When the final whistle pierced the AAMI Park air on Saturday night, Neil Kilkenny was in tears.
Western United had sealed passage to a maiden A-League Men grand final with an extraordinary turnaround against Melbourne Victory, and all of a sudden the 36-year-old is on the verge of glory amid one of the toughest seasons of his career.
Kilkenny has spent much of the season separated from his partner and their four children in the UK, and also had to head back home in March after the death of his father-in-law.
"In my personal life, I'm obviously going through tough times with my father-in-law's death and being away from my family for such a long period," Kilkenny told AAP.
"When I signed here the borders were open. Within a couple of weeks, they closed for six months and obviously when they did open I got back for three or four days and then five, six weeks later my father-in-law died.
"So I had to then go back to the UK for two and a half weeks. (On Saturday night), I think all the emotions came out at once at that time and it was very emotional."
Kilkenny's partner Caprice and their four children have remained in the UK since her father's passing, while the midfielder returned to Melbourne to complete United's season.
"If they were in Perth then they could come over or I could get back to them but obviously being such a long journey we can't do that," he said.
"It's been tough but football's my release in a way.
"When I go out on the pitch I'll concentrate on that which is better, but it's obviously the off time that's tough."
Despite his personal situation, vocal midfielder Kilkenny has been a leader throughout United's rise to Saturday's grand final.
"Even with all the difficulties that he's faced, he's here every day giving 100 per cent," coach John Aloisi told AAP, likening him to a "coach on the field."
"That just drives the group as well. When you see your leaders training at an intensity automatically the other players follow."
While away from his family, Kilkenny has lived with two of his younger teammates - Jerry Skotadis and Nicolas Milanovic.
It's something he's enjoyed, when their paths actually cross.
"They're good boys. They play PlayStation all the time," he said.
"I come in from training and they're playing PlayStation. I go to bed they're playing PlayStation. I wake up and they're still in bed when I leave.
"They're good guys and I've really enjoyed actually seeing how they live and getting to know them off the pitch."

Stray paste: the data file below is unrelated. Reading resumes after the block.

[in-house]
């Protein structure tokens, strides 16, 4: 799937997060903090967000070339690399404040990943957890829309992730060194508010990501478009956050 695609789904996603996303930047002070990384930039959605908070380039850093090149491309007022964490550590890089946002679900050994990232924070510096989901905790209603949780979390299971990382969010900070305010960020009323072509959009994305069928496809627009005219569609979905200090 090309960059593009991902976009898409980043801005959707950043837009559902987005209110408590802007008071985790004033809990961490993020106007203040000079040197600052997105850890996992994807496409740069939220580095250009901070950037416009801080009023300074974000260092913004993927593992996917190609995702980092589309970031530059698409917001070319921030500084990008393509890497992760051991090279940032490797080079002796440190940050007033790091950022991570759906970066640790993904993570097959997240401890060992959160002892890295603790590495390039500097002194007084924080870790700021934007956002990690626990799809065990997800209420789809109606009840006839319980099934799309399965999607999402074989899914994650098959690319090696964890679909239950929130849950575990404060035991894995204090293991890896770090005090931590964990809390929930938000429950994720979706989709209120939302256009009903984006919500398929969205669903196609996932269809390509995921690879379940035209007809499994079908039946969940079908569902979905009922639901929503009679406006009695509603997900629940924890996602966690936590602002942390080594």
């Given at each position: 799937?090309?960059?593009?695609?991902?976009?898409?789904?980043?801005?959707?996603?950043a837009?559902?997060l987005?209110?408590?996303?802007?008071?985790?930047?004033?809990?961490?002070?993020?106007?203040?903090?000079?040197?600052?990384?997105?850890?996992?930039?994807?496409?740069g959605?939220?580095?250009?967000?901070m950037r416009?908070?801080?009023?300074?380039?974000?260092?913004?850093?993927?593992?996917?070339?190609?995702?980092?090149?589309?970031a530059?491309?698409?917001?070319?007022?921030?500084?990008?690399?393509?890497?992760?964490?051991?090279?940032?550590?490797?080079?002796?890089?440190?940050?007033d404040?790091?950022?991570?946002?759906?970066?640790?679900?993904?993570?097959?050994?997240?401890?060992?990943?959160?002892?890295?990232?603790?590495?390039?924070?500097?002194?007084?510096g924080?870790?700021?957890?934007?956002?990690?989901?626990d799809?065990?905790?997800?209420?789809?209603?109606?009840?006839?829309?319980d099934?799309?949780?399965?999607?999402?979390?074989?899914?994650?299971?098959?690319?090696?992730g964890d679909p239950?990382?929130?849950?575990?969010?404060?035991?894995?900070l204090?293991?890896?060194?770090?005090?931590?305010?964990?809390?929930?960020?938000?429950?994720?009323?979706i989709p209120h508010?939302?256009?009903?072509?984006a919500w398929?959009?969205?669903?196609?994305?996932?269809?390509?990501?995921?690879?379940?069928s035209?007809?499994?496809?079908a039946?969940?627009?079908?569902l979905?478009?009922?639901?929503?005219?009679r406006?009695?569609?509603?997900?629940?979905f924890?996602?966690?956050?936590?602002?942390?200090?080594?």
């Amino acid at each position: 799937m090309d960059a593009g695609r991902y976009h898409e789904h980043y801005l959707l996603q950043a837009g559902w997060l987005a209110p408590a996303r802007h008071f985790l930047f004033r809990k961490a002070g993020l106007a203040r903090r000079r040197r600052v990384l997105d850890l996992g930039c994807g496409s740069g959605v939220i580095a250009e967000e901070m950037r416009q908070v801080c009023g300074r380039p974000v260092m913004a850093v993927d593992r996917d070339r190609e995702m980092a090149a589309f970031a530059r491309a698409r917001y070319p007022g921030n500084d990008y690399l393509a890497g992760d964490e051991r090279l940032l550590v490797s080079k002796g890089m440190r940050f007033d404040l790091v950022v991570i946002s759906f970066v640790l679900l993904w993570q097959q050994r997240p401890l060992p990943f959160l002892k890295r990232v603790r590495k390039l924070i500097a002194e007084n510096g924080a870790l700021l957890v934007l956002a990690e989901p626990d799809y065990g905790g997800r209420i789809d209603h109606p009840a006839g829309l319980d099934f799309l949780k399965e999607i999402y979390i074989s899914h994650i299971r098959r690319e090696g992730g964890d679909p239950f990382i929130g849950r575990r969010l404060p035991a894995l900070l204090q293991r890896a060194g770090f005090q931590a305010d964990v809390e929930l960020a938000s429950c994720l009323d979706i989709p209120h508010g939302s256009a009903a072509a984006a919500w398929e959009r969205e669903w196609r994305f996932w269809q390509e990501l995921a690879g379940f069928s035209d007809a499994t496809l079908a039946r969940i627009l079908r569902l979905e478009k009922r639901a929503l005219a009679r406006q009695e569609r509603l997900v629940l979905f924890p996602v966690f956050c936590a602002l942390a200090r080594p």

Spending time with his younger teammates while enjoying working under former Socceroos teammate Aloisi, has Kilkenny hoping their paths will cross again when his playing days are over.
Aloisi was on the pitch when Kilkenny made his international debut, coming on as a late substitute in a 2006 World Cup warm-up game against Liechtenstein.
Kilkenny also crossed paths with Tony Popovic as both a player and coach, while watching on as former Leeds teammate and friend Patrick Kisnorbo made the successful transition at Melbourne City.
"It's funny obviously being one of the older players here now. I look at players and I'm like 'I could actually be your dad,'" he said.
"Hopefully one day I might get the opportunity to coach a couple of them because the age gap is quite funny.
"It's similar with obviously me and the boss, we had a little crossover like I had with Popa and obviously playing with Melbourne City's manager now. It's a funny dynamic.
"I would love to go into coaching and management, and I've learned a lot over off the coaches here."
After originally joining United as an injury replacement signing, Kilkenny has played almost every game.
But he's uncertain whether he'll play a second season in green and black.
"It's a difficult situation. With my family situation it's been tough emotionally for all of us," he said.
"I haven't seen my kids really grow up this year. I've got a one-year-old. I missed their first Christmas, first steps, I've missed everything, so we'll see what happens.
"I'll speak to my Mrs at the end of the season and go from there.
"My Mrs deserves massive credit. It's been a tough 10 months but obviously over the last eight weeks not having her partner there to support them through such a difficult period, she deserves massive credit and I owe her a lot."
But before he makes that call, Kilkenny wants to complete his haul of Australian trophies.
"I went to Melbourne City and helped them win their first trophy, the FFA Cup and obviously then went to Perth and helped them get their first bit of silverware and win the league there," Kilkenny said.
"This is the only trophy that I haven't got at the minute.
"Hopefully I can help Western United win the grand final and that will be a fantastic day for myself and for the club."
Australian Associated Press
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